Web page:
Kenneth S. Abraham

Stable Divisions of Authority

Wake Forest Law Review

UVA Law Faculty Affiliations


There are more areas of doctrine over which the states have what seems to be permanent or at least long-term disagreement than one might think. In these areas there are divisions of authority that show no evidence of movement or significant change. Here or there a state may move from one camp to another, but for the most part these divisions of authority are stable. Such divisions of authority are exceptions to the proposition that we have "one" law of torts in the United States, at least if by that we mean rules that are virtually identical from state to state.

In this Article I want to focus on these divisions. Not only the existence of divisions of authority but also the reasons that the divisions exist can tell us something about the nature of the tort law we have and about the factors that prevent it from becoming wholly unitary. With one exception, various parts of the Restatement (Third) of Torts cover or discuss all of the subjects regarding which there are divisions of authority with which I am concerned. At some risk of overgeneralizing, I will suggest that the reasons for the divisions that I identify fall into three categories: (1) developmental dead ends, (2) fundamental clashes of values, and (3) concerns about consistency of administration.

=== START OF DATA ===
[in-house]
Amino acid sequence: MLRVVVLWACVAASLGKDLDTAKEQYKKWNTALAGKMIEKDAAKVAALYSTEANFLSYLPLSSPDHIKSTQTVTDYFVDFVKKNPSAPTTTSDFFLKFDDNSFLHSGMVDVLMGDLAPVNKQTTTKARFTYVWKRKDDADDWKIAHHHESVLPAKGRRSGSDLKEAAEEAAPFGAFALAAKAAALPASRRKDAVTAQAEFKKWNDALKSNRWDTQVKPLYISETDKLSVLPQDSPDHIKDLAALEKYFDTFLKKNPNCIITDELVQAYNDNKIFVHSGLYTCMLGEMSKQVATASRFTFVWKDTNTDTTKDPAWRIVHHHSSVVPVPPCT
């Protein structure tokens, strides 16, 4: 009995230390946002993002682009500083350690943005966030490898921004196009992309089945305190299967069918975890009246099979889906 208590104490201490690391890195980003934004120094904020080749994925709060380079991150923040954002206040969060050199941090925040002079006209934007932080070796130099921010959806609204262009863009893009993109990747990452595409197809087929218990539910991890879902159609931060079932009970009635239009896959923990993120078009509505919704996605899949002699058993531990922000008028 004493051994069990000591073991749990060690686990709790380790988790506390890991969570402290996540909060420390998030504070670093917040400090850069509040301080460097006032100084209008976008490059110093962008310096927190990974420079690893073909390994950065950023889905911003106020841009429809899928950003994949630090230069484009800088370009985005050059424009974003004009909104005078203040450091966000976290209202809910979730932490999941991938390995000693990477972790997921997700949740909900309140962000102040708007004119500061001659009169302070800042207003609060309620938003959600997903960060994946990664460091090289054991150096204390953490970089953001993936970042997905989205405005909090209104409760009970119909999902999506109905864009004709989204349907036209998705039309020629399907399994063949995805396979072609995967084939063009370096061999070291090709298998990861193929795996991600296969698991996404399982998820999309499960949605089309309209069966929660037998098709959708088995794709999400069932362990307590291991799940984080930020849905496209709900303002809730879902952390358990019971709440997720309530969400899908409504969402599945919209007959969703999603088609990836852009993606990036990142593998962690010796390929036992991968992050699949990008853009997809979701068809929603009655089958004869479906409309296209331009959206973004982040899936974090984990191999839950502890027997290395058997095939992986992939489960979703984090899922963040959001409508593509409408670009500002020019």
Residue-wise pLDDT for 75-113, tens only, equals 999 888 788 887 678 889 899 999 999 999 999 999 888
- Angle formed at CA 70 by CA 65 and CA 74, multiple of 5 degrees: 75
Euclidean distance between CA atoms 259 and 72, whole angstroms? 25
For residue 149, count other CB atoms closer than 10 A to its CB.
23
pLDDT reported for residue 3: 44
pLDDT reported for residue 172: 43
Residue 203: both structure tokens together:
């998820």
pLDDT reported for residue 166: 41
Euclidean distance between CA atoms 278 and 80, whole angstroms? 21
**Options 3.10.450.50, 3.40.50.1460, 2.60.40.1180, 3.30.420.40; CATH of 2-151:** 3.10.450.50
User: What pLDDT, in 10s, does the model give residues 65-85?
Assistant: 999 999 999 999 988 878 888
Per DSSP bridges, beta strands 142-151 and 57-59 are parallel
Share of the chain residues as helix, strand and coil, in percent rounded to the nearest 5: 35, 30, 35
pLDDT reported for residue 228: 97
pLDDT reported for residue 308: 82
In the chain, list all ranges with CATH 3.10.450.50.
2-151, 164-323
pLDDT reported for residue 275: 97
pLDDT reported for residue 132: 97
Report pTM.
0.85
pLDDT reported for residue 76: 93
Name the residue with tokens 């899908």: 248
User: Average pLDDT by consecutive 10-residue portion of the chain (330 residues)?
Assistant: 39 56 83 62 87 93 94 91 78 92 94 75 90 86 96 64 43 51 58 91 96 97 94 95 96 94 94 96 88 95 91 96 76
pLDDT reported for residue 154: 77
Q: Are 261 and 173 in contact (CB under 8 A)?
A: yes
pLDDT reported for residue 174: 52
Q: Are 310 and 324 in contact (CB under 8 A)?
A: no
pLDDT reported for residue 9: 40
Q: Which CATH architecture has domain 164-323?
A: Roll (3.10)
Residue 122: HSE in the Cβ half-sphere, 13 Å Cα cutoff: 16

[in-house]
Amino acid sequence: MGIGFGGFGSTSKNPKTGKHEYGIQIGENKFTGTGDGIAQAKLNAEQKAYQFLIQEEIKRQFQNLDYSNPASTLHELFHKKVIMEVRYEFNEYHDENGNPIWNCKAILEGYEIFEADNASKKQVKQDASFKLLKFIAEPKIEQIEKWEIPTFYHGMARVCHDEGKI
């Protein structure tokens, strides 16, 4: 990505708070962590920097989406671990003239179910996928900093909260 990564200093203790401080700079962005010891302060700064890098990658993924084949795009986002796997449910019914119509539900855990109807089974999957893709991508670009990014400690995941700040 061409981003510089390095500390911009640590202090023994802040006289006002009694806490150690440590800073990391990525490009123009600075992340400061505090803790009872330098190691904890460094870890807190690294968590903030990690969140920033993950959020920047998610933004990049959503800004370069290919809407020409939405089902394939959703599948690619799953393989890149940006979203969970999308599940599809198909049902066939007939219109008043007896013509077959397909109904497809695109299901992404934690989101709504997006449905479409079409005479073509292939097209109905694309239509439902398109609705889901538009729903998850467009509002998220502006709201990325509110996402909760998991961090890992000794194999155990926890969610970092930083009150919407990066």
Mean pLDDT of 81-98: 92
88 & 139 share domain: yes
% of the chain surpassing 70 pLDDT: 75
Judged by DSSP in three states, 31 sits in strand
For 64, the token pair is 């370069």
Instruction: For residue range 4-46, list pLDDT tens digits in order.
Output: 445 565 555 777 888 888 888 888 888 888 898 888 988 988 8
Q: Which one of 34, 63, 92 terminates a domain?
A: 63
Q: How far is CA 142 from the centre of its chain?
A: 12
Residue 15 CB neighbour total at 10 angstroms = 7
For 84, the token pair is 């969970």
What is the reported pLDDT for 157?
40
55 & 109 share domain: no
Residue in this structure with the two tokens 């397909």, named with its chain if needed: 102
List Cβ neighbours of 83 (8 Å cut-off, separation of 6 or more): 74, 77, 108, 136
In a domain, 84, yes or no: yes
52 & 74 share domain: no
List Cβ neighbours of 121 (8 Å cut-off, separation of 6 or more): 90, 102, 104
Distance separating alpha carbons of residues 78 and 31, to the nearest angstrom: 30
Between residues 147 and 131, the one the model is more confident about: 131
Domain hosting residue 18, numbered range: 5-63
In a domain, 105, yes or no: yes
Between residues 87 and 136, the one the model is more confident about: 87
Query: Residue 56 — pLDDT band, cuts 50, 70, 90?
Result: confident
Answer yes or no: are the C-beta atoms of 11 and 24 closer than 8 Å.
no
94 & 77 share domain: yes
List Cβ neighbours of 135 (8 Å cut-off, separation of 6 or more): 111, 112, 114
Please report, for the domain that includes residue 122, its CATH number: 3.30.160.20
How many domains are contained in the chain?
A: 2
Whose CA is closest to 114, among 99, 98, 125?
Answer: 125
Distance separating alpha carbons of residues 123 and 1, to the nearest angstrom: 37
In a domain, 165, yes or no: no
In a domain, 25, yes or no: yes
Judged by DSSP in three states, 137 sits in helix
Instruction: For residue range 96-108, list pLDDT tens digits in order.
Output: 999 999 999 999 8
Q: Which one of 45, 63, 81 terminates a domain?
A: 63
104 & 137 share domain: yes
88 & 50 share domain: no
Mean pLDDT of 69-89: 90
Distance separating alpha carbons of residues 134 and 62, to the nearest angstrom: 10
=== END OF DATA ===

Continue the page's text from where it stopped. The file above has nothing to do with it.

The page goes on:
Kenneth S. Abraham, Stable Divisions of Authority, 44 Wake Forest Law Review 963-977 (2009).

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